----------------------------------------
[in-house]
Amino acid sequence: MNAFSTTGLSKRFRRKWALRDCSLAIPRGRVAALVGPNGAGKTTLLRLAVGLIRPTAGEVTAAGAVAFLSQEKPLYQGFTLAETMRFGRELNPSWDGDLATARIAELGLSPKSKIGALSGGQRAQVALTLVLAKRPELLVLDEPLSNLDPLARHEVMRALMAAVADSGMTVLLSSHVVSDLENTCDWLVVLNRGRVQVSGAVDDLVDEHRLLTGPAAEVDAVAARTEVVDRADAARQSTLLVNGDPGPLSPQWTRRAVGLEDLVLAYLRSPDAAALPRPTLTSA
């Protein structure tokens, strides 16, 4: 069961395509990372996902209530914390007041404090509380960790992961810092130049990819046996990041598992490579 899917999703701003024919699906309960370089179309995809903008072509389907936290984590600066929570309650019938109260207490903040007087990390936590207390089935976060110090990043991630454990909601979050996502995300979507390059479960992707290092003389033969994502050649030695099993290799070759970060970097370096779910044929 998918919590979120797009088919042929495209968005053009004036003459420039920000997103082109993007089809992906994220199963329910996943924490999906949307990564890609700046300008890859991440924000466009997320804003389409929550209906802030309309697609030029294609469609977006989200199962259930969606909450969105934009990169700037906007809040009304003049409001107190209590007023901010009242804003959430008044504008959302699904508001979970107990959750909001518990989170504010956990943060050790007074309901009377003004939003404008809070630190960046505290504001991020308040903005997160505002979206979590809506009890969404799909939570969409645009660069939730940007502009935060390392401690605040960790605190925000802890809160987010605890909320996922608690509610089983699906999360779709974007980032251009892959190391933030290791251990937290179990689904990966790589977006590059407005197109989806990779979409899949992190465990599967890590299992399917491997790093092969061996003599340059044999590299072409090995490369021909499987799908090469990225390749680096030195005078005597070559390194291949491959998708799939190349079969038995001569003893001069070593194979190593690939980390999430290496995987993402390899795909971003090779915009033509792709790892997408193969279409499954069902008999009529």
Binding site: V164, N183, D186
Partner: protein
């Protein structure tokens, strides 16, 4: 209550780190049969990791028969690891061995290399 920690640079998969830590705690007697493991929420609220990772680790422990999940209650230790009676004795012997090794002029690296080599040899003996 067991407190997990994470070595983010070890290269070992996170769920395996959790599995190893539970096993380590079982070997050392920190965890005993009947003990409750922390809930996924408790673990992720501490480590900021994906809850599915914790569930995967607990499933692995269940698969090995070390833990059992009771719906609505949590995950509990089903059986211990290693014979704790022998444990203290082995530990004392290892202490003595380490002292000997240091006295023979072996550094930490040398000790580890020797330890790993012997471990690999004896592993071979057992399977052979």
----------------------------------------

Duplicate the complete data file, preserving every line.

[in-house]
Amino acid sequence: MNAFSTTGLSKRFRRKWALRDCSLAIPRGRVAALVGPNGAGKTTLLRLAVGLIRPTAGEVTAAGAVAFLSQEKPLYQGFTLAETMRFGRELNPSWDGDLATARIAELGLSPKSKIGALSGGQRAQVALTLVLAKRPELLVLDEPLSNLDPLARHEVMRALMAAVADSGMTVLLSSHVVSDLENTCDWLVVLNRGRVQVSGAVDDLVDEHRLLTGPAAEVDAVAARTEVVDRADAARQSTLLVNGDPGPLSPQWTRRAVGLEDLVLAYLRSPDAAALPRPTLTSA
């Protein structure tokens, strides 16, 4: 069961395509990372996902209530914390007041404090509380960790992961810092130049990819046996990041598992490579 899917999703701003024919699906309960370089179309995809903008072509389907936290984590600066929570309650019938109260207490903040007087990390936590207390089935976060110090990043991630454990909601979050996502995300979507390059479960992707290092003389033969994502050649030695099993290799070759970060970097370096779910044929 998918919590979120797009088919042929495209968005053009004036003459420039920000997103082109993007089809992906994220199963329910996943924490999906949307990564890609700046300008890859991440924000466009997320804003389409929550209906802030309309697609030029294609469609977006989200199962259930969606909450969105934009990169700037906007809040009304003049409001107190209590007023901010009242804003959430008044504008959302699904508001979970107990959750909001518990989170504010956990943060050790007074309901009377003004939003404008809070630190960046505290504001991020308040903005997160505002979206979590809506009890969404799909939570969409645009660069939730940007502009935060390392401690605040960790605190925000802890809160987010605890909320996922608690509610089983699906999360779709974007980032251009892959190391933030290791251990937290179990689904990966790589977006590059407005197109989806990779979409899949992190465990599967890590299992399917491997790093092969061996003599340059044999590299072409090995490369021909499987799908090469990225390749680096030195005078005597070559390194291949491959998708799939190349079969038995001569003893001069070593194979190593690939980390999430290496995987993402390899795909971003090779915009033509792709790892997408193969279409499954069902008999009529």
Binding site: V164, N183, D186
Partner: protein
């Protein structure tokens, strides 16, 4: 209550780190049969990791028969690891061995290399 920690640079998969830590705690007697493991929420609220990772680790422990999940209650230790009676004795012997090794002029690296080599040899003996 067991407190997990994470070595983010070890290269070992996170769920395996959790599995190893539970096993380590079982070997050392920190965890005993009947003990409750922390809930996924408790673990992720501490480590900021994906809850599915914790569930995967607990499933692995269940698969090995070390833990059992009771719906609505949590995950509990089903059986211990290693014979704790022998444990203290082995530990004392290892202490003595380490002292000997240091006295023979072996550094930490040398000790580890020797330890790993012997471990690999004896592993071979057992399977052979």